The group welcomes both published and unpublished novelists, not just romance writers, so we have a good mix of people for sharing encouragement and industry tips. But I've grown weary of these and other endlessly repeated one-size-fits-all writing rules:
Using italics is a sign of weak writing.
Long sentences make readers lose interest.
Adverbs should be used sparingly, but they should never be used in dialogue tags (she said forcefully).
Strive for a good balance between narrative and dialogue.
Semicolons have no place in novels.
Because "said" is invisible to readers, it's the only dialogue tag that should ever be used.
As the title of this blog suggests, I tend to scoff at writing rules. But in recent weeks I've been bombarded with the above bits of "writerly wisdom," some of the advice from people who haven't yet managed to sell their first novels and some from published novelists whose writing styles I don't admire and have no desire to emulate. I've noticed that the writers I do admire (and of course I'm talking about art, not personalities) don't tend to go around spouting rules.
I'm not saying my writing is any better than that of my eager advisers. I am a competent writer, but not an insanely talented one. While I'm still attempting to hone my craft, I have no illusions that I will ever be a great writer or even a bestselling one--and the truth is that I don't even dream about those things. But over the past couple of weeks I've decided that I don't want free writing advice from other writers. I want to read more, and when I find a technique I admire, I want to examine it and figure out how it works and see if I can find a way to make it work for me.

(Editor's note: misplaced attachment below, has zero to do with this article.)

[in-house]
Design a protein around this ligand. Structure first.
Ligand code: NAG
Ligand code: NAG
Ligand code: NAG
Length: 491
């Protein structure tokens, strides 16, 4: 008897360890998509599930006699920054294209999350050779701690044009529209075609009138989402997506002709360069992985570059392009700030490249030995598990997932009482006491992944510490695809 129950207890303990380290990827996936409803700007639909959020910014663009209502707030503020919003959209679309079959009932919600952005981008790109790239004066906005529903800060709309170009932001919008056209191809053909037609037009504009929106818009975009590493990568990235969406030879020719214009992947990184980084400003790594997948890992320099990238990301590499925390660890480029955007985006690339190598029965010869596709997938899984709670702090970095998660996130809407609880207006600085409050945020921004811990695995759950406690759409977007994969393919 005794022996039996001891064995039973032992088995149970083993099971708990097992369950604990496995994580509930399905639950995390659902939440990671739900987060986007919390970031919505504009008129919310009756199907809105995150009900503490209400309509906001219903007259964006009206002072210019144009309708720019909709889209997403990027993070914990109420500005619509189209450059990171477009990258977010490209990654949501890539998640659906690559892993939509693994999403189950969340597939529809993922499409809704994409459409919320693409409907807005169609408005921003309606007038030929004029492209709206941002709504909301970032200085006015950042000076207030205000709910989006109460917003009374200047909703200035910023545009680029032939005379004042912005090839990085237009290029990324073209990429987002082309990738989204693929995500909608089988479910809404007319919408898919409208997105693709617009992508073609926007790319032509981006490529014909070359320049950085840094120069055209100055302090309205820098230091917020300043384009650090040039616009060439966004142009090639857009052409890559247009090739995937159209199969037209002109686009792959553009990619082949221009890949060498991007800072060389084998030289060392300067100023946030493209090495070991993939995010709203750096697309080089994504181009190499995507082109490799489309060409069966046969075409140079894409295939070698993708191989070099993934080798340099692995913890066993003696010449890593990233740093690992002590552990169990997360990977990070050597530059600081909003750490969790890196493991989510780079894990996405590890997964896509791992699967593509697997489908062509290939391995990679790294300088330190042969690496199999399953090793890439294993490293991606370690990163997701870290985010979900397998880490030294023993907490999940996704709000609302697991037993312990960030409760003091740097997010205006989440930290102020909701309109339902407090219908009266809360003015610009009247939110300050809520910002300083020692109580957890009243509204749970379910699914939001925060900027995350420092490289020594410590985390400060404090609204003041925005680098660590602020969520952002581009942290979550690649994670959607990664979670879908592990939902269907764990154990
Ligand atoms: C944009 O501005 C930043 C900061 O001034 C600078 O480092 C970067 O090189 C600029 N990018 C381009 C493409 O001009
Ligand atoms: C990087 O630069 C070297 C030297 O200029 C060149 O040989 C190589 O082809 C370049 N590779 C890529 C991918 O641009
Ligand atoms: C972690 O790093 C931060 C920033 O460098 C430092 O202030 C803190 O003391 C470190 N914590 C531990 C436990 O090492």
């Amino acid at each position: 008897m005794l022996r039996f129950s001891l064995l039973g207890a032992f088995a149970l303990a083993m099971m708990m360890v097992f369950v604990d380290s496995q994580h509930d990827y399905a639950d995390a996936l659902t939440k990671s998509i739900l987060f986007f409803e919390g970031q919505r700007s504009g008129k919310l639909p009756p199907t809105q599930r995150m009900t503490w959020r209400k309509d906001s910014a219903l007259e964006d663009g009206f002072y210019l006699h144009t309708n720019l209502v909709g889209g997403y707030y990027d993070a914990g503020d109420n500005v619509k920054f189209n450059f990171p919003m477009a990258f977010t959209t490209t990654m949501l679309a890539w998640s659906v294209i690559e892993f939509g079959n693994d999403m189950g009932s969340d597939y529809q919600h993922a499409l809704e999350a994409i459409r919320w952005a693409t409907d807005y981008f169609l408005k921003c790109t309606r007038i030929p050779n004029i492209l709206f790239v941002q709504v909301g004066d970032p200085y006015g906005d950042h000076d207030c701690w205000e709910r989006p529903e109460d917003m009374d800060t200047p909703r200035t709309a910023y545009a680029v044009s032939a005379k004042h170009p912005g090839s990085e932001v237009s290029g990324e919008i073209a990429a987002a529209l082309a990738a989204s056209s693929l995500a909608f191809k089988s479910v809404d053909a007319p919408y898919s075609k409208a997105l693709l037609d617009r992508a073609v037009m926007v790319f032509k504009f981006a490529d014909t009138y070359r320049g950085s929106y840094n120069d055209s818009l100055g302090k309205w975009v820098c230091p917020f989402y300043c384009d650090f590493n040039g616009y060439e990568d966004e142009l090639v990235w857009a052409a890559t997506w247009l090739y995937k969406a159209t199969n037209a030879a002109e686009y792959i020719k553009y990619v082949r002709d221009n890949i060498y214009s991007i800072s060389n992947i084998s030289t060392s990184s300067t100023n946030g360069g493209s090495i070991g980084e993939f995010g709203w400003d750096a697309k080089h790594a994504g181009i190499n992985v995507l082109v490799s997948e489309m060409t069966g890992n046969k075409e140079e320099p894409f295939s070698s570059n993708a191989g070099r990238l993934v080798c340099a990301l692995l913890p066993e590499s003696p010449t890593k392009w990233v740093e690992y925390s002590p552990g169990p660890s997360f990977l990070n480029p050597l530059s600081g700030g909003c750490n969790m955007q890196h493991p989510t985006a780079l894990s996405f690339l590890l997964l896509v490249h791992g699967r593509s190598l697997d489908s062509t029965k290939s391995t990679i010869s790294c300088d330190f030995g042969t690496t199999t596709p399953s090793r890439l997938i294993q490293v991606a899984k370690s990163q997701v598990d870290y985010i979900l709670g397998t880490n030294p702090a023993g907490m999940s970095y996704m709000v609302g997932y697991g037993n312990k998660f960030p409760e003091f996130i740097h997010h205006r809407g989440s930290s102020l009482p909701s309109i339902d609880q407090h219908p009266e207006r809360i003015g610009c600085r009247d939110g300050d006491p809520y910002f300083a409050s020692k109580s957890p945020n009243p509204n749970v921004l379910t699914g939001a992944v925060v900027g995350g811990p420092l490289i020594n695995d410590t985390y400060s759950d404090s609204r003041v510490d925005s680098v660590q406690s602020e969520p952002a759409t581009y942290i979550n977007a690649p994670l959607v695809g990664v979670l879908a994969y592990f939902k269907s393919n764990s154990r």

Before selling my first novel, I never took a class, read a how-to book, or submitted pages for anyone to critique. I just read a lot of good books. I stole a few ideas, adapted a style here and there, and found a way of writing that felt right to me. I use adverbs and italics with abandon, and I believe semicolons are darn useful. I think a long sentence can be the juiciest part of a paragraph, and I usually end up with way more narrative than dialogue. And I just don't agree that "said" is invisible to readers, so I use other dialogue tags to keep things interesting.
You may have different opinions on all of those things, and that's fine with me. Just understand, please, that before I take advice from another writer, I'm going to insist on seeing some examples of your work. Your being a contest judge or a writers' workshop presenter or "multi-published" or a New York Times bestseller or a Pulitzer Prize winner won't make you an authority in my eyes unless I love the way you write. And even then, your style might not work for the kind of books I like to write.
But as I said, the really great writers don't often post writing rules like "never use semicolons" on writers' message loops. So I guess I'm still on my own.